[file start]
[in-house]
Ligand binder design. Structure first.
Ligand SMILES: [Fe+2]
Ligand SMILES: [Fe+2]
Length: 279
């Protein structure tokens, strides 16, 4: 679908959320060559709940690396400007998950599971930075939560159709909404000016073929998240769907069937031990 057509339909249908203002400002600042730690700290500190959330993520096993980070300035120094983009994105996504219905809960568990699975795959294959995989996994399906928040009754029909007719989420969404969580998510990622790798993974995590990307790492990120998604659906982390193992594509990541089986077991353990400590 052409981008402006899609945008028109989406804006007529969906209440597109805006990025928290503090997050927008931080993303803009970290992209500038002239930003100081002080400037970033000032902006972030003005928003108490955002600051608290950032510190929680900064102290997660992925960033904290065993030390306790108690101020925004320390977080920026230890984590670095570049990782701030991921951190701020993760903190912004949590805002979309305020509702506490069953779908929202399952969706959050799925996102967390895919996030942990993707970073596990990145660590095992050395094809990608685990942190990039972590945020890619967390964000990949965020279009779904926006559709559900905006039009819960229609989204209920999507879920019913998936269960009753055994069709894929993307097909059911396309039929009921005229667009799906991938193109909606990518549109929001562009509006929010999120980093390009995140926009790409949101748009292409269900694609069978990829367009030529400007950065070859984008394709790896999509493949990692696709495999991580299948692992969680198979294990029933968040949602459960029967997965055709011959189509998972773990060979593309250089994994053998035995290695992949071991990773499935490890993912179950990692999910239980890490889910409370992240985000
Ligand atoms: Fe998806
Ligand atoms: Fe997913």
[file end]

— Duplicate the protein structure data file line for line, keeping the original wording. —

[in-house]
Ligand binder design. Structure first.
Ligand SMILES: [Fe+2]
Ligand SMILES: [Fe+2]
Length: 279
């Protein structure tokens, strides 16, 4: 679908959320060559709940690396400007998950599971930075939560159709909404000016073929998240769907069937031990 057509339909249908203002400002600042730690700290500190959330993520096993980070300035120094983009994105996504219905809960568990699975795959294959995989996994399906928040009754029909007719989420969404969580998510990622790798993974995590990307790492990120998604659906982390193992594509990541089986077991353990400590 052409981008402006899609945008028109989406804006007529969906209440597109805006990025928290503090997050927008931080993303803009970290992209500038002239930003100081002080400037970033000032902006972030003005928003108490955002600051608290950032510190929680900064102290997660992925960033904290065993030390306790108690101020925004320390977080920026230890984590670095570049990782701030991921951190701020993760903190912004949590805002979309305020509702506490069953779908929202399952969706959050799925996102967390895919996030942990993707970073596990990145660590095992050395094809990608685990942190990039972590945020890619967390964000990949965020279009779904926006559709559900905006039009819960229609989204209920999507879920019913998936269960009753055994069709894929993307097909059911396309039929009921005229667009799906991938193109909606990518549109929001562009509006929010999120980093390009995140926009790409949101748009292409269900694609069978990829367009030529400007950065070859984008394709790896999509493949990692696709495999991580299948692992969680198979294990029933968040949602459960029967997965055709011959189509998972773990060979593309250089994994053998035995290695992949071991990773499935490890993912179950990692999910239980890490889910409370992240985000
Ligand atoms: Fe998806
Ligand atoms: Fe997913």